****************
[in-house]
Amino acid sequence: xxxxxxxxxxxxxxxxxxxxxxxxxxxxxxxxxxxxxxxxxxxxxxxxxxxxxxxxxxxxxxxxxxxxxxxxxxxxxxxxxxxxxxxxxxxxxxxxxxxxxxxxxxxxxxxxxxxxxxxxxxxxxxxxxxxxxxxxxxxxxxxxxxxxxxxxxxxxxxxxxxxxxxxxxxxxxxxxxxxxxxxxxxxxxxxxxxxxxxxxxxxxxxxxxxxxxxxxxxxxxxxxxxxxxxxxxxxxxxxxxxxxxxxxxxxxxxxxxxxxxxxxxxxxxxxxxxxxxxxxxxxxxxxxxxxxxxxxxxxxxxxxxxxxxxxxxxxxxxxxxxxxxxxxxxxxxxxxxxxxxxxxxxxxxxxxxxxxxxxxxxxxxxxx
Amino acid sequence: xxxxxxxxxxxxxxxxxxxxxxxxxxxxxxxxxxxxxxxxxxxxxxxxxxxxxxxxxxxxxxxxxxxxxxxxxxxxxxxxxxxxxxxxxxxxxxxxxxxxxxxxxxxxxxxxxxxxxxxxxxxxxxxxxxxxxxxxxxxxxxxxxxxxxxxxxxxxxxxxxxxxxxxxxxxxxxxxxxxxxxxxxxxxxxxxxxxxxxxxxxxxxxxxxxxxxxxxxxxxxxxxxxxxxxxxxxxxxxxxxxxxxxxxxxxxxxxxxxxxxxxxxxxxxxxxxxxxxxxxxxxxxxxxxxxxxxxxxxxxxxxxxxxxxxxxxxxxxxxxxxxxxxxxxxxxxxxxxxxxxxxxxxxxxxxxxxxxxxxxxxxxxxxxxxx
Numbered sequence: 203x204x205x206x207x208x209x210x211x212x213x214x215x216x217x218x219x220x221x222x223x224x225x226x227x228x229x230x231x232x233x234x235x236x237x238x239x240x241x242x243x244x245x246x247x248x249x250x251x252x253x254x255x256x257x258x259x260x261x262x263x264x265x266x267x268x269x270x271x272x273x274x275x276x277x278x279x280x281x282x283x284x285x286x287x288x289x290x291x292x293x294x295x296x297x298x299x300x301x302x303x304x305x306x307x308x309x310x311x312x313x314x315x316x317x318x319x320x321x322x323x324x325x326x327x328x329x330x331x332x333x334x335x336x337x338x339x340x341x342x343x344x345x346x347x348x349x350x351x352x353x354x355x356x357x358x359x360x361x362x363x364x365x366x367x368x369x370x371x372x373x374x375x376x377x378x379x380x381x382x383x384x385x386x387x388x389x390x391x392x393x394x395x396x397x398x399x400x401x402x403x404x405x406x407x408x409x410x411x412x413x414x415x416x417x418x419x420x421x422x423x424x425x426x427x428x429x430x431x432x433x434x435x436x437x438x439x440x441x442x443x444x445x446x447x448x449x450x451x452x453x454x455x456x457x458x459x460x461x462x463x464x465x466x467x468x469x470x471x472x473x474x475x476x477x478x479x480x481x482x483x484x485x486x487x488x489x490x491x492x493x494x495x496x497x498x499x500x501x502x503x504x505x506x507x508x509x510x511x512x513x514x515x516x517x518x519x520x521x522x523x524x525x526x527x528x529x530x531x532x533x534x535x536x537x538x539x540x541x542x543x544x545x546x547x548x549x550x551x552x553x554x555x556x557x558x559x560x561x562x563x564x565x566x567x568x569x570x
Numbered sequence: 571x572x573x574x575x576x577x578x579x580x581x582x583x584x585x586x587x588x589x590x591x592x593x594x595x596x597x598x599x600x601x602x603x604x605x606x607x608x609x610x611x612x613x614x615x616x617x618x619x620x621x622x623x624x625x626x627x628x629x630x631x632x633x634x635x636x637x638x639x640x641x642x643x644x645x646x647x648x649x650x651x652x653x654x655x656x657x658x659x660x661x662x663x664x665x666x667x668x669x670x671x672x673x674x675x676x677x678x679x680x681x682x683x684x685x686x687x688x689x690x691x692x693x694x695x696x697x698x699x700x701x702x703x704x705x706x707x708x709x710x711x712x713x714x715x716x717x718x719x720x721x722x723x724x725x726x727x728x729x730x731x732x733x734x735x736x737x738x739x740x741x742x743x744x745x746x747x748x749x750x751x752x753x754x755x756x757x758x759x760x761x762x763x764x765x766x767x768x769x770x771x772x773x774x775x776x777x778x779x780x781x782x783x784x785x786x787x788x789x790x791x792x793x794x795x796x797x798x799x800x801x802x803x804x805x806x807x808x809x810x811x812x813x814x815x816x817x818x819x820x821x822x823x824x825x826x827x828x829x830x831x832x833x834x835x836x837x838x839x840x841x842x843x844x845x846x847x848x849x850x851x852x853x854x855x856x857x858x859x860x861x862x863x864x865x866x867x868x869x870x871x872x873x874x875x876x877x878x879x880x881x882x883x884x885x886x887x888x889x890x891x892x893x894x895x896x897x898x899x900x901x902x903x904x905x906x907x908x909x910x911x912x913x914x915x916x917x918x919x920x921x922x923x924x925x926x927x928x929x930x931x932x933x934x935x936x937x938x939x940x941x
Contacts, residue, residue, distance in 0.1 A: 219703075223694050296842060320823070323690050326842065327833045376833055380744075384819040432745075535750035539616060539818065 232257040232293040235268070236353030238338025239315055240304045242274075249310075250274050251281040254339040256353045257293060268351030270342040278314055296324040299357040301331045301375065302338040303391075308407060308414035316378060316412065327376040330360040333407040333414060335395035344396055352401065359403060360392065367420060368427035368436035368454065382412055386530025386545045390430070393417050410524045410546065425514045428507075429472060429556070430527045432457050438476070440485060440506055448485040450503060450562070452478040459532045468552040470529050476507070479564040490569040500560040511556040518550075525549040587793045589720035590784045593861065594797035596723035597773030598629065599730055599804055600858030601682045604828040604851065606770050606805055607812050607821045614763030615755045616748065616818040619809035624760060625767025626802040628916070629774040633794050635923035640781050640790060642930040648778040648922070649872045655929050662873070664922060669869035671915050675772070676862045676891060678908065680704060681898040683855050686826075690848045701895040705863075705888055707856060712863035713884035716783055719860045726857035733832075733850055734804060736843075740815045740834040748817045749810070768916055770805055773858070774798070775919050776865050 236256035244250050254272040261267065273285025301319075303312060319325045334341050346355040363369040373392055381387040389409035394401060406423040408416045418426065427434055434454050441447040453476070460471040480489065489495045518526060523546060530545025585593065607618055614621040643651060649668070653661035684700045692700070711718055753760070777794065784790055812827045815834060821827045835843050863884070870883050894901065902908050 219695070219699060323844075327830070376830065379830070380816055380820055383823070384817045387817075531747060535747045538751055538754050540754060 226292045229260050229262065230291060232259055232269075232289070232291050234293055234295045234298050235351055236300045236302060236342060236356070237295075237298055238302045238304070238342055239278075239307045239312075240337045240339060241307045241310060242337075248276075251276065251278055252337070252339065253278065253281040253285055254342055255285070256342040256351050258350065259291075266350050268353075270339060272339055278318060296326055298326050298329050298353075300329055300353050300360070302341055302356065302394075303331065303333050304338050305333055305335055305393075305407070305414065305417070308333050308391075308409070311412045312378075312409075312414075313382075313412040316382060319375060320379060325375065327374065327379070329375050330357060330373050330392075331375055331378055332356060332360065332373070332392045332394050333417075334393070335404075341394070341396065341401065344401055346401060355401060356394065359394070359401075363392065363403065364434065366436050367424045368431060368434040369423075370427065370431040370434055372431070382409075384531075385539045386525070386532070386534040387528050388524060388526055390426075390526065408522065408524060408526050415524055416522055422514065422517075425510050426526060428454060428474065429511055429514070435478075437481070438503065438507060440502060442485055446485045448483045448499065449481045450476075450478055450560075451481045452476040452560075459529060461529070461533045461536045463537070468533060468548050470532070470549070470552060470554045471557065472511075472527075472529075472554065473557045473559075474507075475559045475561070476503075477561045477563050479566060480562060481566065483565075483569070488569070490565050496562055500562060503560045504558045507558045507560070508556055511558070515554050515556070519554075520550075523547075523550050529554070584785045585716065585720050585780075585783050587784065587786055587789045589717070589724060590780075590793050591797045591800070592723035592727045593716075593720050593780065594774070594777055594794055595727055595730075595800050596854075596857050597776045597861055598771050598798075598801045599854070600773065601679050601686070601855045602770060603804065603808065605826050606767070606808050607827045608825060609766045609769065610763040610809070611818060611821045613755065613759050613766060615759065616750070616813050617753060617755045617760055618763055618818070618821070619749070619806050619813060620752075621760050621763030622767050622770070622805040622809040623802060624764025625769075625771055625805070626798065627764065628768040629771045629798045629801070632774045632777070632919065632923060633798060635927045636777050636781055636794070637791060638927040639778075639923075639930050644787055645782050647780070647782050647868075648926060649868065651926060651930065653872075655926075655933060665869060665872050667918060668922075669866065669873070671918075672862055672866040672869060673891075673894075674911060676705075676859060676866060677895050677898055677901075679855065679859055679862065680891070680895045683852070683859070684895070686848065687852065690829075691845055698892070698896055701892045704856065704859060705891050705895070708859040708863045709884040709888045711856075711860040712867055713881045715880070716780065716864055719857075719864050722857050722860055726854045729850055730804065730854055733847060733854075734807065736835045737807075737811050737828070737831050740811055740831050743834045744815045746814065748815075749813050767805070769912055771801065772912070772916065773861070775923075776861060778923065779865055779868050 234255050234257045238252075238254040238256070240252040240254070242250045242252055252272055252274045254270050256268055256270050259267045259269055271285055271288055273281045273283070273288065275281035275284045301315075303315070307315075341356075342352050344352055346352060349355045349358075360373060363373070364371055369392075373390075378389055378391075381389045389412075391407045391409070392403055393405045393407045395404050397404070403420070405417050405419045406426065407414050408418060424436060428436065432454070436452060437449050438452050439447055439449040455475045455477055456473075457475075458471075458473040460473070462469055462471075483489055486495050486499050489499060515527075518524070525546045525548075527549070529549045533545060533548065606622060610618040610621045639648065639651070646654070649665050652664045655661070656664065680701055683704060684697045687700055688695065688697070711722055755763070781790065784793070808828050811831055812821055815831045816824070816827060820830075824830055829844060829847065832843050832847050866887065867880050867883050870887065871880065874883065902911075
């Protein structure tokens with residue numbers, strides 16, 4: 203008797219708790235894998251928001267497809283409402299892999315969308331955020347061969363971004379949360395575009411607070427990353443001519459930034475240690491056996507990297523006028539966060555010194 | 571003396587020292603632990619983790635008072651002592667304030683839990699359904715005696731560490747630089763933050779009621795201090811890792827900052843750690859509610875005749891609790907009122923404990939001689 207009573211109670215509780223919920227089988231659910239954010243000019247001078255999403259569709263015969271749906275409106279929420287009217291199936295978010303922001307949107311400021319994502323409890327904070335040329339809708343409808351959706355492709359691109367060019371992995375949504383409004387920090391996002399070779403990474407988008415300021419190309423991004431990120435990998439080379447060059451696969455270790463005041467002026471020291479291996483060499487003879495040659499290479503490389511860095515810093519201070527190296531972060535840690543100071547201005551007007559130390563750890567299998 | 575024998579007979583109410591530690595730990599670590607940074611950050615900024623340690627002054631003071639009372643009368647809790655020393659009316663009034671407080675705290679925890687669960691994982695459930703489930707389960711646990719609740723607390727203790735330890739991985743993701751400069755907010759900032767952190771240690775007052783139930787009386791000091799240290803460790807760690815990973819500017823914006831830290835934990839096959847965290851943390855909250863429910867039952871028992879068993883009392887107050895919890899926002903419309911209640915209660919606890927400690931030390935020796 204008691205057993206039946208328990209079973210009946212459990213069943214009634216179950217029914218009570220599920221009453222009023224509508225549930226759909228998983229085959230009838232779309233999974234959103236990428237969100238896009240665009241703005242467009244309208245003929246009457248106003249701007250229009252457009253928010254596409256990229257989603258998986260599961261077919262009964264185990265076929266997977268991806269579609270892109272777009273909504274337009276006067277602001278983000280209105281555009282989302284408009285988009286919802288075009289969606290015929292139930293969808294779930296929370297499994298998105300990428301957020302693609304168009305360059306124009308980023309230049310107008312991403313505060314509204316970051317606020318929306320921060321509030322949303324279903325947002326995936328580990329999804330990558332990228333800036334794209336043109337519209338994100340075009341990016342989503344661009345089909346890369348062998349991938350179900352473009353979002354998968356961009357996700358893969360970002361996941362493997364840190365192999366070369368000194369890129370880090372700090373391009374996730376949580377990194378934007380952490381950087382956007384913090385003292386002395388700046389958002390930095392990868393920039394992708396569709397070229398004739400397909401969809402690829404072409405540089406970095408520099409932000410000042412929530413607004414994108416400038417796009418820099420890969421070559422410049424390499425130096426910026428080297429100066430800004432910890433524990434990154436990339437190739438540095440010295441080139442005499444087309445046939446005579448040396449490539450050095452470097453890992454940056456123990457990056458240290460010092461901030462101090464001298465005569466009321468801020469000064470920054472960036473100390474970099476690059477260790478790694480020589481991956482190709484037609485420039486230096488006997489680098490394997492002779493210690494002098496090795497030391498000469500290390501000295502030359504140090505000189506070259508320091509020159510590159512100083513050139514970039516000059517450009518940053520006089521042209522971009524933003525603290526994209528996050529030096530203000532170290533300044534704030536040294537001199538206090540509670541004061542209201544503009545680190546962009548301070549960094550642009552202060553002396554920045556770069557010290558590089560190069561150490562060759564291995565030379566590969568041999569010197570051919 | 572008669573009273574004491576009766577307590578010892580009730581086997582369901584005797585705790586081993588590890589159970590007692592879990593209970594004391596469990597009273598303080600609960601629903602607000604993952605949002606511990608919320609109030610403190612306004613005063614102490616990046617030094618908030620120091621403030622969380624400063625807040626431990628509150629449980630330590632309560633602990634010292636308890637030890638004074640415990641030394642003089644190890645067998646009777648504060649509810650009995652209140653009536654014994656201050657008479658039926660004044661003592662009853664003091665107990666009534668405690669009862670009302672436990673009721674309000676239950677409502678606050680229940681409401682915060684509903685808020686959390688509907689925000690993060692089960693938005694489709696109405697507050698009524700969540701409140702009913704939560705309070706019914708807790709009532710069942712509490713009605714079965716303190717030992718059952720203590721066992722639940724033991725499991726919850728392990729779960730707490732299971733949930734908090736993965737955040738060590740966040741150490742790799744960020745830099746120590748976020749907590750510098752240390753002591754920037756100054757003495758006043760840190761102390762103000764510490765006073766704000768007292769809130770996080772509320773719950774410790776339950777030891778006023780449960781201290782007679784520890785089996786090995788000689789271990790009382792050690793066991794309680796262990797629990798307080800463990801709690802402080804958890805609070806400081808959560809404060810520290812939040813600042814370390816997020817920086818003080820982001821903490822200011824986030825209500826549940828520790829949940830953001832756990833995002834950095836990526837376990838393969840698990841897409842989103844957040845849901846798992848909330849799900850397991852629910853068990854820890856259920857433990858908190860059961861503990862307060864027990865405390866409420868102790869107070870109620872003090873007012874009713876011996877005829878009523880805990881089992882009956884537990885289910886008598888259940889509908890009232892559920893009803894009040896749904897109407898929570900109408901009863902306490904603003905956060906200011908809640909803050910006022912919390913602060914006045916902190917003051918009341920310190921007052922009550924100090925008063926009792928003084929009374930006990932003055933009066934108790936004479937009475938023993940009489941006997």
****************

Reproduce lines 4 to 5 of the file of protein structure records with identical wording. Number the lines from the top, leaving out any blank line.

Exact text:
Numbered sequence: 203x204x205x206x207x208x209x210x211x212x213x214x215x216x217x218x219x220x221x222x223x224x225x226x227x228x229x230x231x232x233x234x235x236x237x238x239x240x241x242x243x244x245x246x247x248x249x250x251x252x253x254x255x256x257x258x259x260x261x262x263x264x265x266x267x268x269x270x271x272x273x274x275x276x277x278x279x280x281x282x283x284x285x286x287x288x289x290x291x292x293x294x295x296x297x298x299x300x301x302x303x304x305x306x307x308x309x310x311x312x313x314x315x316x317x318x319x320x321x322x323x324x325x326x327x328x329x330x331x332x333x334x335x336x337x338x339x340x341x342x343x344x345x346x347x348x349x350x351x352x353x354x355x356x357x358x359x360x361x362x363x364x365x366x367x368x369x370x371x372x373x374x375x376x377x378x379x380x381x382x383x384x385x386x387x388x389x390x391x392x393x394x395x396x397x398x399x400x401x402x403x404x405x406x407x408x409x410x411x412x413x414x415x416x417x418x419x420x421x422x423x424x425x426x427x428x429x430x431x432x433x434x435x436x437x438x439x440x441x442x443x444x445x446x447x448x449x450x451x452x453x454x455x456x457x458x459x460x461x462x463x464x465x466x467x468x469x470x471x472x473x474x475x476x477x478x479x480x481x482x483x484x485x486x487x488x489x490x491x492x493x494x495x496x497x498x499x500x501x502x503x504x505x506x507x508x509x510x511x512x513x514x515x516x517x518x519x520x521x522x523x524x525x526x527x528x529x530x531x532x533x534x535x536x537x538x539x540x541x542x543x544x545x546x547x548x549x550x551x552x553x554x555x556x557x558x559x560x561x562x563x564x565x566x567x568x569x570x
Numbered sequence: 571x572x573x574x575x576x577x578x579x580x581x582x583x584x585x586x587x588x589x590x591x592x593x594x595x596x597x598x599x600x601x602x603x604x605x606x607x608x609x610x611x612x613x614x615x616x617x618x619x620x621x622x623x624x625x626x627x628x629x630x631x632x633x634x635x636x637x638x639x640x641x642x643x644x645x646x647x648x649x650x651x652x653x654x655x656x657x658x659x660x661x662x663x664x665x666x667x668x669x670x671x672x673x674x675x676x677x678x679x680x681x682x683x684x685x686x687x688x689x690x691x692x693x694x695x696x697x698x699x700x701x702x703x704x705x706x707x708x709x710x711x712x713x714x715x716x717x718x719x720x721x722x723x724x725x726x727x728x729x730x731x732x733x734x735x736x737x738x739x740x741x742x743x744x745x746x747x748x749x750x751x752x753x754x755x756x757x758x759x760x761x762x763x764x765x766x767x768x769x770x771x772x773x774x775x776x777x778x779x780x781x782x783x784x785x786x787x788x789x790x791x792x793x794x795x796x797x798x799x800x801x802x803x804x805x806x807x808x809x810x811x812x813x814x815x816x817x818x819x820x821x822x823x824x825x826x827x828x829x830x831x832x833x834x835x836x837x838x839x840x841x842x843x844x845x846x847x848x849x850x851x852x853x854x855x856x857x858x859x860x861x862x863x864x865x866x867x868x869x870x871x872x873x874x875x876x877x878x879x880x881x882x883x884x885x886x887x888x889x890x891x892x893x894x895x896x897x898x899x900x901x902x903x904x905x906x907x908x909x910x911x912x913x914x915x916x917x918x919x920x921x922x923x924x925x926x927x928x929x930x931x932x933x934x935x936x937x938x939x940x941x